12 May 2016
US certifies missile site, tries to reassure Russia
By Steven Beardsley
Stars and Stripes


A U.S. Aegis Ashore missile defense system at Naval Support Facility Deveselu, Romania, Thursday, May 12, 2016

DEVESELU, Romania - The U.S. and NATO declared their missile interceptor system here ready for operations on Thursday while attempting to reassure Russia it is not the target. "Missile defense is for defense," NATO Secretary-General Jens Stoltenberg said. "It is purely defensive."

Stoltenberg joined Romania's prime minister, Dacian Ciolos, and U.S. Deputy Secretary of Defense Bob Work at a U.S. Navy base near rural Deveselu, where 24 SM-3 missiles are now loaded in launchers for use against short- to intermediate-range ballistic missiles.

Thursday's ceremony formally certifies the site for operations. The site is expected to be formally designated for NATO use at the alliance summit in Warsaw this summer.

The U.S. says the system, known as the European Phased Adaptive Approach, is a necessary defense against Iranian ballistic missiles that could target European cities or American bases. But Russia has long criticized it as a potential threat to its own missiles and a disruption of the regional strategic balance.

The issue has been a constant irritant in relations between Russia and the West since the system was announced in 2002. Officials at Thursday's ceremony repeatedly tried to defuse Russian concerns.

"This site in Romania - as well as the one in Poland - is not directed against Russia," Stoltenberg said. "The interceptors are too few, and located too far south or too close to Russia, to be able to intercept Russian intercontinental ballistic missiles."

NATO's official position is that the system is intended to defend Europe against unspecified countries in Asia and the Middle East possessing missile technology.

But Russian officials insisted the system poses a threat to their country.

Adm. Vladimir Komoyedov, defense committee chairman in the Russian parliament, told the Interfax news agency the missile defense system was "a direct threat to us."

Dmitry Peskov, Russian President Vladimir Putin's spokesman, said "measures are being taken to maintain Russia's security at the necessary, level," the Tass news agency reported.

Stoltenberg said that although Russia terminated dialogue on the issue in 2013, NATO hoped to continue discussions.

Work reiterated that the system was defensive and meant to protect the alliance from any ballistic missile threat.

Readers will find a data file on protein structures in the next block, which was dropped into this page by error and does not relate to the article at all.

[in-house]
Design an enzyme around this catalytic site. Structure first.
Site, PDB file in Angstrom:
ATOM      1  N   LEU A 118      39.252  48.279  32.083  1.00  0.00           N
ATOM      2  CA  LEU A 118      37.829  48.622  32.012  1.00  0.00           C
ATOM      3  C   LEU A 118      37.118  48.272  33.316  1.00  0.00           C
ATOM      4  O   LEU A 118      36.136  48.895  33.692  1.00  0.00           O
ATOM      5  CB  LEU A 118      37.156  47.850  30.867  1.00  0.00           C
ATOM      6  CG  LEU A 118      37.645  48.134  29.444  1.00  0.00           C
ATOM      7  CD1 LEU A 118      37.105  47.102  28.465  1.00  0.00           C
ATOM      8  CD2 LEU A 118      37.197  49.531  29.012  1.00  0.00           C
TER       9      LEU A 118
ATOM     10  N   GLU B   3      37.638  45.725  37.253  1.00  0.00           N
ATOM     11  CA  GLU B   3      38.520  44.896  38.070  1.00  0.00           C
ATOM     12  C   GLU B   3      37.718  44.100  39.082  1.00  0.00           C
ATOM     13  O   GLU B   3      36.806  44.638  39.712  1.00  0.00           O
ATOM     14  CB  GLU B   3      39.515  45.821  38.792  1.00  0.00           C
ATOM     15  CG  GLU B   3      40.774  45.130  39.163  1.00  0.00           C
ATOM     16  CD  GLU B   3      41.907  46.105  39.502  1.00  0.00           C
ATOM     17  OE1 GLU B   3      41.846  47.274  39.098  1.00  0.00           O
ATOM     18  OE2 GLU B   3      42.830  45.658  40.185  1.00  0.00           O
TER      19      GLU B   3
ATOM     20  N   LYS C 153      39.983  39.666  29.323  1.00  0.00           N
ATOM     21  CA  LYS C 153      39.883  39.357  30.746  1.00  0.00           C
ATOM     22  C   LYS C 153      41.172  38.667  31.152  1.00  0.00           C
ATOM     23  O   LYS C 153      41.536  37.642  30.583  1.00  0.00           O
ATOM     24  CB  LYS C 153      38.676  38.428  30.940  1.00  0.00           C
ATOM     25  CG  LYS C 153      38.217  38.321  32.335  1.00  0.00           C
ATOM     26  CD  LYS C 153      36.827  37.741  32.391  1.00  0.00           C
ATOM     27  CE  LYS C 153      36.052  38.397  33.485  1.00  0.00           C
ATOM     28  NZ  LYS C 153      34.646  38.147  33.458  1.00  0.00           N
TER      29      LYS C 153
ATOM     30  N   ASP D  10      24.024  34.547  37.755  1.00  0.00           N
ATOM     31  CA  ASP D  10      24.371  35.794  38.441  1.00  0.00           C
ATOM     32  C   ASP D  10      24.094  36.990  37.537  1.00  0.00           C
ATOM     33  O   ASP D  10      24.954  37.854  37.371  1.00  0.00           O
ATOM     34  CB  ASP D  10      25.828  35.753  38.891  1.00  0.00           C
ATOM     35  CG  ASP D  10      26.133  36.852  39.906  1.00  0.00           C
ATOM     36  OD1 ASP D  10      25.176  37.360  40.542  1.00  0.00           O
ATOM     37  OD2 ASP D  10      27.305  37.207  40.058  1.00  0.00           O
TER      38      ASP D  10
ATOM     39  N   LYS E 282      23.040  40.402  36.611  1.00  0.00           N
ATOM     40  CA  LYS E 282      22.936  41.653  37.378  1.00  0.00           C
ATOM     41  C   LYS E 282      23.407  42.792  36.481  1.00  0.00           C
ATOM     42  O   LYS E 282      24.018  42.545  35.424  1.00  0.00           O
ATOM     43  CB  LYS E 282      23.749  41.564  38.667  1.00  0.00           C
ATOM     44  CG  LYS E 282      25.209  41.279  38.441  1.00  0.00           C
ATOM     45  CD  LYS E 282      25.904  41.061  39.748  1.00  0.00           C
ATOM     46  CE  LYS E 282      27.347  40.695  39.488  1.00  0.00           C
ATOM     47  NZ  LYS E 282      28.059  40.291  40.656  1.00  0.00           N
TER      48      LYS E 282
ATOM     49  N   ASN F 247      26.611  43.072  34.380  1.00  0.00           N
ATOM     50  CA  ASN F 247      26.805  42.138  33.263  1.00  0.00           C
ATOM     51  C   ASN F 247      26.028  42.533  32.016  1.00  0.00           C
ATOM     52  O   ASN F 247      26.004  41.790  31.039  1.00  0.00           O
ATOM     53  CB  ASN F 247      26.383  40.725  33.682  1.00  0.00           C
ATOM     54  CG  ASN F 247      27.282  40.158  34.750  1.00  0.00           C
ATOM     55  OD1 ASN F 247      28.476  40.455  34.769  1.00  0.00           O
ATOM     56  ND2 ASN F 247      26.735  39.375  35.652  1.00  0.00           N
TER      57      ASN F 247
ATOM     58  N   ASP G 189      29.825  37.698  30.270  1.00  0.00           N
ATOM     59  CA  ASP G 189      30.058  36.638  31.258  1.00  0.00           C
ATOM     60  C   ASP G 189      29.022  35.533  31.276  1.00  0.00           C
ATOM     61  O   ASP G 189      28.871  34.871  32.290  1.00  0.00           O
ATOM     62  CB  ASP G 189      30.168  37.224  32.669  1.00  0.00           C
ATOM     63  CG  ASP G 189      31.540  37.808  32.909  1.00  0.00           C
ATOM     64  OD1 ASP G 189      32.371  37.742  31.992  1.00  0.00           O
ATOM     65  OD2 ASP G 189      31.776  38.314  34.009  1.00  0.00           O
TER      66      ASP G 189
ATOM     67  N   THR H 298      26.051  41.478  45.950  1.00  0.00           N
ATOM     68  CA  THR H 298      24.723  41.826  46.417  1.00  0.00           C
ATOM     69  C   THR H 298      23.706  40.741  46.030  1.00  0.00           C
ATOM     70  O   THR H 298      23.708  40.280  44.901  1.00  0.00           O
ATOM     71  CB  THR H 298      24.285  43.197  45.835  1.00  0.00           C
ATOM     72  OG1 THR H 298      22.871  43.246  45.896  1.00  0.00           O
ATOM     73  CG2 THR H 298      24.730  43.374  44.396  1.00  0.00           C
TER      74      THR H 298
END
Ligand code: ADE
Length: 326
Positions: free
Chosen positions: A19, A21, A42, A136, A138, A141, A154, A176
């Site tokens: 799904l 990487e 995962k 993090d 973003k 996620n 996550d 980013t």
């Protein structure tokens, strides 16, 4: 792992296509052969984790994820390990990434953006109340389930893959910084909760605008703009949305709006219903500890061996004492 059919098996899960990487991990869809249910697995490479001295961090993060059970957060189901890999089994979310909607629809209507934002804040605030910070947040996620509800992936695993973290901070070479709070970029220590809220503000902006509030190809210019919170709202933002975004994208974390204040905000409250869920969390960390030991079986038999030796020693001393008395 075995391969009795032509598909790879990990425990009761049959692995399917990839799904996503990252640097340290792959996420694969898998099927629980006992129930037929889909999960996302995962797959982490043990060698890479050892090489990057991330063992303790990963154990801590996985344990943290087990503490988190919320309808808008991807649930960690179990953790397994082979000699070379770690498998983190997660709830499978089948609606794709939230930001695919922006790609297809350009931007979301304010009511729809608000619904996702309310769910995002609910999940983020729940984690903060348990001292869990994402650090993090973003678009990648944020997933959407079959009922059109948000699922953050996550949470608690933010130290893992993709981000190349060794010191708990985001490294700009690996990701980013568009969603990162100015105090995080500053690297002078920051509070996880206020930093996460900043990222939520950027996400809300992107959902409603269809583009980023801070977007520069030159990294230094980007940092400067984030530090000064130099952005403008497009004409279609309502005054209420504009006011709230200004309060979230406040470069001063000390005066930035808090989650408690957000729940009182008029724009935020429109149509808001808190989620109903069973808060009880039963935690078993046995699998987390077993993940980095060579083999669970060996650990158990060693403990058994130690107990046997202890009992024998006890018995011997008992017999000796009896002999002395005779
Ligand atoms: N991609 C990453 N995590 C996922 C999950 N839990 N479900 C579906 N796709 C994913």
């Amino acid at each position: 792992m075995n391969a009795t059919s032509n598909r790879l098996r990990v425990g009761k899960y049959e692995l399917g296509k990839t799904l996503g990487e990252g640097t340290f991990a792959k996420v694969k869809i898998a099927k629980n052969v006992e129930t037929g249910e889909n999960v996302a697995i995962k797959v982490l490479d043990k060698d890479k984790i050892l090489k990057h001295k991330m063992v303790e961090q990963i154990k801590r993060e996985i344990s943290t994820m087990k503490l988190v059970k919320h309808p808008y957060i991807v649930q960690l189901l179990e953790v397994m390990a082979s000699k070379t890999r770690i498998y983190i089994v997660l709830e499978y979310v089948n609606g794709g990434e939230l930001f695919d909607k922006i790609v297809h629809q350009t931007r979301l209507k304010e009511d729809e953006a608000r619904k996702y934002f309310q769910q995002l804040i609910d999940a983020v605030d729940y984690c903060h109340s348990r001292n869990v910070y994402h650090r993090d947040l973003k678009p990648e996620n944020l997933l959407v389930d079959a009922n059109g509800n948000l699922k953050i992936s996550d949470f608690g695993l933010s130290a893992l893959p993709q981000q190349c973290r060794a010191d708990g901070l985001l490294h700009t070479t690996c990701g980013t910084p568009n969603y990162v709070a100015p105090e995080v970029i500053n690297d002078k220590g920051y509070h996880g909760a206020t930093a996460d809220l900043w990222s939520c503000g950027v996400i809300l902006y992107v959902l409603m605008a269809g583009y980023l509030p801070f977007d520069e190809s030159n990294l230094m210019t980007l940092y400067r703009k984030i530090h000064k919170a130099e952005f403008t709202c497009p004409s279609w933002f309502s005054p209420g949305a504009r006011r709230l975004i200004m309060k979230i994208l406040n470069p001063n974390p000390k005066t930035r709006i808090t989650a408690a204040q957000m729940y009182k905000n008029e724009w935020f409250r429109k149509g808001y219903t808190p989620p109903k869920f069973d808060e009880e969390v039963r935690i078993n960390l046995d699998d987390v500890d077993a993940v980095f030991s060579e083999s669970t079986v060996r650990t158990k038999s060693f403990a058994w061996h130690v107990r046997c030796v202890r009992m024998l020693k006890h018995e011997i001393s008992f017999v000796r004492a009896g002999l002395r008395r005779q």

"This is not about Russia. This is about the collective self-defense of the alliance," Work told a subsequent news conference. "If we take actions to deter Russia, we say that is what we're doing and we say why."

The U.S., he said, had repeatedly offered to show the Russians the technical specifications so they would understand the system's capabilities and that it does not propose a strategic threat.

The base marks the first time the Navy has installed its Aegis weapon system - an advanced missile-tracking and guidance system routinely built into Navy warships - onto a ground site. Much of the Deveselu system is housed in a large deckhouse that mimics the superstructure of a ship. The missiles are located miles away.

The installation is located in rural southern Romania, on the grounds of a former Romanian air base, part of which the U.S. Navy has turned into a support facility for more than 100 personnel. Horse-pulled carriages remain a common sight in the region.

The Deveselu site is one part of the larger EPAA system, which is being constructed by the U.S. for NATO use. Other components include four Navy guided-missile destroyers based in Rota, Spain; an early warning radar system in Turkey; and a command center at the U.S. Air Force base in Ramstein, Germany.

Groundwork on a second ground-based interceptor site in Poland is slated to begin Friday. Plans call for the site in Redzikowo to be operational by the end of 2018.

Romania and Poland both see a benefit in hosting strategic American hardware and assets, especially after Russia's intervention in Ukraine. The base contains a small, permanent presence of U.S. forces at a time when eastern European and Baltic nations are pushing for more NATO forces on their soil.

Ciolos told reporters his country did not need to answer Russian criticism for hosting the U.S. site.

"It is legitimate for any country to allocate its resources to defend itself," he said.

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